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Climate change makes bugs hungrier, which could threaten our food supply

| | September 5, 2018

This article or excerpt is included in the GLP’s daily curated selection of ideologically diverse news, opinion and analysis of biotechnology innovation.

Climate change is already threatening our food supply by raising temperatures and causing wildfires, but as a new study in Science suggests, all this heat is speeding up insect metabolism, making them an even bigger threat to human crops and agriculture. If the problem continues to worsen at the projected speed, this could mean serious consequences for global food supplies.

Using a computer model, a team of researchers from various US universities projected global crop yield based on several different warming scenarios. These models, which specifically focused on crop yield in relation to pest destruction, showed that the amount of crops lost globally each year due to bugs will likely increase by 10 to 25 percent per degree of global surface warming.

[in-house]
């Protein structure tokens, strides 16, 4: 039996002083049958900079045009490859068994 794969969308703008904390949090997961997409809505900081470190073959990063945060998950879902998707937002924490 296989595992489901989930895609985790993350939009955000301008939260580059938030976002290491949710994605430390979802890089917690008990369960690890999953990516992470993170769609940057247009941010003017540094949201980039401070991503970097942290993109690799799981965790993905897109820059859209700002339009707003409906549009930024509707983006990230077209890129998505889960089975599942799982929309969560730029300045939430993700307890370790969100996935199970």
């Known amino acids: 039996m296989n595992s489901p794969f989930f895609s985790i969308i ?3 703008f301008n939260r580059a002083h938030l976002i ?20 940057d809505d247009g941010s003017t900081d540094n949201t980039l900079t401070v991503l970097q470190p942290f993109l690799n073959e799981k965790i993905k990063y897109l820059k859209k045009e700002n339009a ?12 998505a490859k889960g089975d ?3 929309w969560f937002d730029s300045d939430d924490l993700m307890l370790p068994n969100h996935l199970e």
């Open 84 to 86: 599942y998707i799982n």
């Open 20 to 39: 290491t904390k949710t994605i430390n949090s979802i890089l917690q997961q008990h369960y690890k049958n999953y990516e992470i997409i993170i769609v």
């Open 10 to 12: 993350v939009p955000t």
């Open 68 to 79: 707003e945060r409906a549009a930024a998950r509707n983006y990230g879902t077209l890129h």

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Bugs that live closer to the equator are already built to handle high temperatures. For this reason, study co-author and University of Colorado, Boulder ecologist Josh Tewksbury, Ph.D. tells Inverse, bugs native to more temperate environments will be most affected by the warming climate. This means that crops in northern parts of Europe, North America and Asia will be most severely compromised.

Read full, original article: Crops Already Ravaged by Climate Change Face a New Threat: Hungrier Bugs

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